It’s just as important for you to look after your gardens in winter as it is in the Summer! Although you may not want to go out in the damp and the cold, if you do, your hard work will pay off in spring.
We also have to be very careful at this time of year not to disturb the wildlife living in your hedgerows, flowerbeds and if you have a pond the winter wildlife will love your garden.
Here are some handy tips from our Gadeners Steve and Dale for over the Winter season.
- Spread your fallen leaves over your flowerbeds to provide a nourishing mulch for your soil and a superb foraging habitat for the birds living in your garden over the winter season.
- Trim your hedges but be carful not to cut them back too much as they provide vital protection for birds whilst they are enjoying some tasty berries they may have discovered in your garden or nearby.
- Do you have a pond? The best time to clear your pond will be between October and early January as this will be when the wildlife activity is at its lowest. It is still important that you watch out for snails, dragonfly and damselfly nymphs in the vegetation. So sort through it to rescue any trapped animals by spreading it out around the edge of the pond for a day or two.
- Do you have a veggie patch? If so, you need to start preparing it for spring. Digging and forking the soil allows you to loosen it, remove weeds and add your compost or manure, which will improve the structure, moisture and food nourishment for you plants.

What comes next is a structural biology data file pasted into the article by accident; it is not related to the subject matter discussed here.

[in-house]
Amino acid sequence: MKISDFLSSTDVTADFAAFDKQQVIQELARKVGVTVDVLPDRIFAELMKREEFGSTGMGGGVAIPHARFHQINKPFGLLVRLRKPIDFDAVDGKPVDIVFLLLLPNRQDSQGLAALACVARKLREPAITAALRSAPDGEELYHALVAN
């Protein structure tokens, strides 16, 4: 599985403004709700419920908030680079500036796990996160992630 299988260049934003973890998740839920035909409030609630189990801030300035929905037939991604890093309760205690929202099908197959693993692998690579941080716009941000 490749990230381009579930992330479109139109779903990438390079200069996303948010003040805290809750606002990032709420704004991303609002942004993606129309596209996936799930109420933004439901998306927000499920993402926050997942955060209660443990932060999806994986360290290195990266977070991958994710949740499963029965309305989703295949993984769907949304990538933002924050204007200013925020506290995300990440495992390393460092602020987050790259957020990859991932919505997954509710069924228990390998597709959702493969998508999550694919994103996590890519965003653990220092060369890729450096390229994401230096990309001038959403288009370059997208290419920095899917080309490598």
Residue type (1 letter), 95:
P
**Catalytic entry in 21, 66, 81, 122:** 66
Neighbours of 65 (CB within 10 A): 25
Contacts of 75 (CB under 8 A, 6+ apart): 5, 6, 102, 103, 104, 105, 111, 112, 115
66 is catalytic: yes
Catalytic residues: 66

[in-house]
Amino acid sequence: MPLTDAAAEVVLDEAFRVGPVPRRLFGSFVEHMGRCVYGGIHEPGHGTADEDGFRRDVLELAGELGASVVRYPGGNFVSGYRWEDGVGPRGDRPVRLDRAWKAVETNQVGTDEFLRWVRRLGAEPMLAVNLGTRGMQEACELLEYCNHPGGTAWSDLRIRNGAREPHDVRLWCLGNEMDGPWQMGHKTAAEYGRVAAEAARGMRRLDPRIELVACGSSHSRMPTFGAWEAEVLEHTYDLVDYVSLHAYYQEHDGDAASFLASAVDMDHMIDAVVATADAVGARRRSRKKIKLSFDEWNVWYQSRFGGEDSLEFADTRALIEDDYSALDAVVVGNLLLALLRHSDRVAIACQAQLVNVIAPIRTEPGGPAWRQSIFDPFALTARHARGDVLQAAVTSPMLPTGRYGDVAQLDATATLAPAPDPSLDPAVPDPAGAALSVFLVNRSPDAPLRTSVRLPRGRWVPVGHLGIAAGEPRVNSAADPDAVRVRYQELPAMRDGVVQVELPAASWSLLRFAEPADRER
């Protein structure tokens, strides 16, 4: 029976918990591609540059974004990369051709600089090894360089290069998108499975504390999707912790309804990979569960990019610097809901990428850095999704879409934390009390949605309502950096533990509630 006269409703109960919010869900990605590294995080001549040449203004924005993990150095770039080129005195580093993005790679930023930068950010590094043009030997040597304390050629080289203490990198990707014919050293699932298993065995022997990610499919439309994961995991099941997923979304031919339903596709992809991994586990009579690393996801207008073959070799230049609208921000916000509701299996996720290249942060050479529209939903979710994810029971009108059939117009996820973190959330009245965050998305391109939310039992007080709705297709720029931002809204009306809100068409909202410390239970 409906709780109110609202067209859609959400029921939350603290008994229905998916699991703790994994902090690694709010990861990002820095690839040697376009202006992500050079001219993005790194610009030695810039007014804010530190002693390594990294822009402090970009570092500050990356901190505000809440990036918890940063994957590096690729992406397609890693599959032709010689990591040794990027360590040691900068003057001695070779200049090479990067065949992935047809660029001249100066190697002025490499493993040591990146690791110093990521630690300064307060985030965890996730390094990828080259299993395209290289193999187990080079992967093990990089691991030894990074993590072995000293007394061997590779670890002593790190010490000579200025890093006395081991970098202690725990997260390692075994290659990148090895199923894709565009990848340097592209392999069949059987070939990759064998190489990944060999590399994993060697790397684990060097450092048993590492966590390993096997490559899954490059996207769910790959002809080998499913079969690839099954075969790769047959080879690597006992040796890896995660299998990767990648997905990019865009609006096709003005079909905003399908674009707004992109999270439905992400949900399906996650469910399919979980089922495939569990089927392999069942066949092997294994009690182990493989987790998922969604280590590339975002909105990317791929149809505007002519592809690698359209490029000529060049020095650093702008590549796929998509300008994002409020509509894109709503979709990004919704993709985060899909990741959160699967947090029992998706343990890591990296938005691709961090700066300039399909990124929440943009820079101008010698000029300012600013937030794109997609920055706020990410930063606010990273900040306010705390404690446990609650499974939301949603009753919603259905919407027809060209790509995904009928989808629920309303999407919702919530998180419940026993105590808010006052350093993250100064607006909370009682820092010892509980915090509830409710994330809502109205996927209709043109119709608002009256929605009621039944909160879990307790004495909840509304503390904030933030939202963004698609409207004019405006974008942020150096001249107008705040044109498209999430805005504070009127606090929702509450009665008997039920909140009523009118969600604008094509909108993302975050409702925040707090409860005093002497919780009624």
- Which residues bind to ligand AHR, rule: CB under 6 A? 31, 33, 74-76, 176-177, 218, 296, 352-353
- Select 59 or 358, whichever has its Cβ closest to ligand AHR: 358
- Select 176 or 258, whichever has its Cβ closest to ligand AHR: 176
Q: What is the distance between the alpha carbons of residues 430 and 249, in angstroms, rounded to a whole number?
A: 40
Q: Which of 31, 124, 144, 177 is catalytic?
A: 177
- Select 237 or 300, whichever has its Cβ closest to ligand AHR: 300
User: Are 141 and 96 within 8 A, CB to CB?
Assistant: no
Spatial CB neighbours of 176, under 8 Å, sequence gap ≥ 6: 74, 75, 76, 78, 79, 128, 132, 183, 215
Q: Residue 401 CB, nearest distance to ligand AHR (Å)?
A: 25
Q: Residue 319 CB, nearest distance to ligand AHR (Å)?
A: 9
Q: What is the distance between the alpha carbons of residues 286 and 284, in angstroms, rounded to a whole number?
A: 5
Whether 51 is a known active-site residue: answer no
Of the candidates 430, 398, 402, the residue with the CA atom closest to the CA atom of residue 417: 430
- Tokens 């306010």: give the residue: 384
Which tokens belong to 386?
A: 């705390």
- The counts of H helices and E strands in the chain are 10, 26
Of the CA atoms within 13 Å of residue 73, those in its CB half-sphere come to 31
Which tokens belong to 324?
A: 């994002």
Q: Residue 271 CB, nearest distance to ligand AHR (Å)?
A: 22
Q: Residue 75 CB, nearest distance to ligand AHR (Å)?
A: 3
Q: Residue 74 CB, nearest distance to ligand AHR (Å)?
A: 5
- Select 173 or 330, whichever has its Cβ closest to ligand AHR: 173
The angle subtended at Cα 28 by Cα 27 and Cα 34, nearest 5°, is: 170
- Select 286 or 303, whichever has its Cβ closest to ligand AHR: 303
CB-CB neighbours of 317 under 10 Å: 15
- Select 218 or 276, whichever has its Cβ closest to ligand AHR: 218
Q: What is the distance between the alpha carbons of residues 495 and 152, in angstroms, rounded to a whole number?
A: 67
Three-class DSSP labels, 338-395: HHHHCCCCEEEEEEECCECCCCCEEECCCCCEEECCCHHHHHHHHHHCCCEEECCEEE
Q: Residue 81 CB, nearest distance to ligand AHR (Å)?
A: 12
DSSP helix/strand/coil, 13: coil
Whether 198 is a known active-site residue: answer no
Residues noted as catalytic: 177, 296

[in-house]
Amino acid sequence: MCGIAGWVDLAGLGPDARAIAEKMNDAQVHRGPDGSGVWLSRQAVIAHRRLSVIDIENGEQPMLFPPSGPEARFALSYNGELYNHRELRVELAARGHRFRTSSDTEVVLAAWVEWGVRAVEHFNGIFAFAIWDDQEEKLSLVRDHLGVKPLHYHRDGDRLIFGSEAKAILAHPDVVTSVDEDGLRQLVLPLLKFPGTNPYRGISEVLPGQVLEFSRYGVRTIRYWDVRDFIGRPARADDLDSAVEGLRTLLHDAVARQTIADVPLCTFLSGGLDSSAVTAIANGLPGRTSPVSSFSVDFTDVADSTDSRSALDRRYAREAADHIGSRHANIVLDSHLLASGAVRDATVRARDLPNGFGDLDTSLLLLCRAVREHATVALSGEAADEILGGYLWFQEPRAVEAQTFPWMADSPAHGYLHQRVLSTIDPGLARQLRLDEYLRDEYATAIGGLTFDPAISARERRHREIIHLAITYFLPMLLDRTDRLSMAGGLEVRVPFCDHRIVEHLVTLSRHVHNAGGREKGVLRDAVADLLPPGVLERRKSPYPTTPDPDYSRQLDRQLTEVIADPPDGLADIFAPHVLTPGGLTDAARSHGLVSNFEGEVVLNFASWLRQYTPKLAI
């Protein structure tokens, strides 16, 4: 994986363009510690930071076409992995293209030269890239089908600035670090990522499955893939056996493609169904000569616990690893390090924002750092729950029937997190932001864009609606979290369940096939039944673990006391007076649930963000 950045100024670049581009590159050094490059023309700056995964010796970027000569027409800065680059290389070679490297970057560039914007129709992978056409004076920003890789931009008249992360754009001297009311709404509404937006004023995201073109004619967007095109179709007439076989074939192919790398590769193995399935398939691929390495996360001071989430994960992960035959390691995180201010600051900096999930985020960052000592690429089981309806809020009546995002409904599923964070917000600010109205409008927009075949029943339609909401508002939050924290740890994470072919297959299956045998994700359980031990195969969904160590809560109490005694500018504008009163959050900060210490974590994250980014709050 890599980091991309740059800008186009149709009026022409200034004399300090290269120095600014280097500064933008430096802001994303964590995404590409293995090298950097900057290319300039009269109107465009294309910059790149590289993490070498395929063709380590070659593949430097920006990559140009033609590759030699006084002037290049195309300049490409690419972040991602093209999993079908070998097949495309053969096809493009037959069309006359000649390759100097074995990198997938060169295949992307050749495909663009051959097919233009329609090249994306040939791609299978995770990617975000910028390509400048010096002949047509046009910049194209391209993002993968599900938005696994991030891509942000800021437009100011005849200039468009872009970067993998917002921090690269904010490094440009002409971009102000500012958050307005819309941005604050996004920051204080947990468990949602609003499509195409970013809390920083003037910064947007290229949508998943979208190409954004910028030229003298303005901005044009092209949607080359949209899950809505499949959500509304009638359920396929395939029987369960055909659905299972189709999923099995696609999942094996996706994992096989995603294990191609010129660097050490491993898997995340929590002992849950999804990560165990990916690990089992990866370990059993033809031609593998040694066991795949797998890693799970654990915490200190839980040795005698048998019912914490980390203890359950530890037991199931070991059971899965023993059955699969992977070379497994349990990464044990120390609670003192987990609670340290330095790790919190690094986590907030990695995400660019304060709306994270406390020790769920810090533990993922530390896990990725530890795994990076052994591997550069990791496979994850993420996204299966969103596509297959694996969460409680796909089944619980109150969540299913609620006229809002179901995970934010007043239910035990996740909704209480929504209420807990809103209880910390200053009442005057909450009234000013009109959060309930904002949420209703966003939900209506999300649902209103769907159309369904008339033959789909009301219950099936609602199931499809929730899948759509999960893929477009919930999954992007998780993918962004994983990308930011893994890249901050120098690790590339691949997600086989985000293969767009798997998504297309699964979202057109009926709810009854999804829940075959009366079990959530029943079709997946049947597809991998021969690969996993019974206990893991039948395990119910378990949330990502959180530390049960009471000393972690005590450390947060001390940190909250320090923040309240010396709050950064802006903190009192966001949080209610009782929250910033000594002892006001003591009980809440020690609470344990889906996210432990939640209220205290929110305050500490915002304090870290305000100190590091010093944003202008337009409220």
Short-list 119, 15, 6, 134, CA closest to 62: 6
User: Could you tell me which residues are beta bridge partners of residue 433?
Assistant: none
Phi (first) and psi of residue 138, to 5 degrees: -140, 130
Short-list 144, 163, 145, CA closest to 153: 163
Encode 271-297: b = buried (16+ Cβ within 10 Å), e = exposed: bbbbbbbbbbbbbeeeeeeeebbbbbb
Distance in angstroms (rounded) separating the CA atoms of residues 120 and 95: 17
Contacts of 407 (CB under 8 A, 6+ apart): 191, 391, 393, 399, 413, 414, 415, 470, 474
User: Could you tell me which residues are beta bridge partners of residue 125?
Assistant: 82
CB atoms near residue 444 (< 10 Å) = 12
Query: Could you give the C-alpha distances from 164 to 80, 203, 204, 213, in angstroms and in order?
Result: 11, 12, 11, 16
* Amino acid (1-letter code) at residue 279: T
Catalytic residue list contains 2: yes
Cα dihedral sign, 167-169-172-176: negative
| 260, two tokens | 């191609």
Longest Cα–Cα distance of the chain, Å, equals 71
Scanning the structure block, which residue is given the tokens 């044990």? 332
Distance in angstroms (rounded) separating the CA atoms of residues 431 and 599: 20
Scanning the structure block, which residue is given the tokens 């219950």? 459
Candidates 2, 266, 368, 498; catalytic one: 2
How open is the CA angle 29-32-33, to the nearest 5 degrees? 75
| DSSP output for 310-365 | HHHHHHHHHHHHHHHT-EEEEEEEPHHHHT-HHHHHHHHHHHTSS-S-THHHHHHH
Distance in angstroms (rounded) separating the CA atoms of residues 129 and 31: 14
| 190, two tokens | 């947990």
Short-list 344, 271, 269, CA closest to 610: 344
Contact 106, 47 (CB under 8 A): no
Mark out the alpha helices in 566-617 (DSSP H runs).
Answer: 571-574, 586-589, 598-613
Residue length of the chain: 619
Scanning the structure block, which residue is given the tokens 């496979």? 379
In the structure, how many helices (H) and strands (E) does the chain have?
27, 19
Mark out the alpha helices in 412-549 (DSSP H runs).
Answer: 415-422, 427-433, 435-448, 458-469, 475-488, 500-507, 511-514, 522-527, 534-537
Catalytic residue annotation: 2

- Prune a little, a very important job can be to prune and shape your shrubs. Remove dead or diseased branches, this will help produce a healthy plant next year.
- Revitalise your lawn; analyse your lawn for moss and thatch (the drying grass) and then start mowing, weeding and feeding. It is good to keep on top of the grass so that it is moss and weed free in the summer months when you are enjoying the hard work you have put into your gardens.
- Make sure your herbs survive the cold winter weather, January and February are the coldest of months. Bay, Myrtle, Olive and French lavender can be brought undercover or near the house if in containers, or covered in fleece in situ. Put a cloche over thyme you use for cooking and it will remain leafier. Prune wisteria and grapevines if you have not already done this.
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